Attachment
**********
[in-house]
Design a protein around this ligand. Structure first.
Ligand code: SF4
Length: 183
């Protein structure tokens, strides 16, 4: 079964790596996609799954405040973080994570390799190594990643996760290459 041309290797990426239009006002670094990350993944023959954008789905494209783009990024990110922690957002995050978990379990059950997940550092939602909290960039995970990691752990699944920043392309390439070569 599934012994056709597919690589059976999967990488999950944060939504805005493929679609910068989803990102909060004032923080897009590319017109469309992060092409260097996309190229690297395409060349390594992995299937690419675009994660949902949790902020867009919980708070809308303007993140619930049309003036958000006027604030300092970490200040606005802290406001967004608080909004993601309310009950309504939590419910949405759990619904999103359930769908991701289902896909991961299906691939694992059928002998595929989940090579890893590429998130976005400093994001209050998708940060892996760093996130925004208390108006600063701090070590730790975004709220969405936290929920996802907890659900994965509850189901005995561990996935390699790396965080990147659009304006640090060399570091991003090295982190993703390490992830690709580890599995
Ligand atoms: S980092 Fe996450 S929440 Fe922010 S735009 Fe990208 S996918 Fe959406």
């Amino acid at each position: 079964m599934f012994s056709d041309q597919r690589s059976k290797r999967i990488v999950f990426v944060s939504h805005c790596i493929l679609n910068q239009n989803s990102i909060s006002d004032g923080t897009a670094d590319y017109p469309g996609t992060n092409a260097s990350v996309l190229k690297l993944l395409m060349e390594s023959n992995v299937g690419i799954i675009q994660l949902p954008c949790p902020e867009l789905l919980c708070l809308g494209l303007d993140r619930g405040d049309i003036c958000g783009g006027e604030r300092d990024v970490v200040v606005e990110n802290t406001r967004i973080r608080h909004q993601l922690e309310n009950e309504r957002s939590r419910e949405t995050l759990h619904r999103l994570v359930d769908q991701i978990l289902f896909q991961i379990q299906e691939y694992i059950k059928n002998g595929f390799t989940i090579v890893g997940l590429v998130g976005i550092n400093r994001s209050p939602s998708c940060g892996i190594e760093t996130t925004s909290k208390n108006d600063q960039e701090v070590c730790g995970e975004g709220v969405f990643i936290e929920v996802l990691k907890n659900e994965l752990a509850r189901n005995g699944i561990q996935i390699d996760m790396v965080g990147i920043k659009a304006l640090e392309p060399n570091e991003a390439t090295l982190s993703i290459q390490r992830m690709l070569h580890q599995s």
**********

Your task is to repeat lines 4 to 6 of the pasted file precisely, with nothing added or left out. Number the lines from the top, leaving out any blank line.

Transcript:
Length: 183
């Protein structure tokens, strides 16, 4: 079964790596996609799954405040973080994570390799190594990643996760290459 041309290797990426239009006002670094990350993944023959954008789905494209783009990024990110922690957002995050978990379990059950997940550092939602909290960039995970990691752990699944920043392309390439070569 599934012994056709597919690589059976999967990488999950944060939504805005493929679609910068989803990102909060004032923080897009590319017109469309992060092409260097996309190229690297395409060349390594992995299937690419675009994660949902949790902020867009919980708070809308303007993140619930049309003036958000006027604030300092970490200040606005802290406001967004608080909004993601309310009950309504939590419910949405759990619904999103359930769908991701289902896909991961299906691939694992059928002998595929989940090579890893590429998130976005400093994001209050998708940060892996760093996130925004208390108006600063701090070590730790975004709220969405936290929920996802907890659900994965509850189901005995561990996935390699790396965080990147659009304006640090060399570091991003090295982190993703390490992830690709580890599995
Ligand atoms: S980092 Fe996450 S929440 Fe922010 S735009 Fe990208 S996918 Fe959406």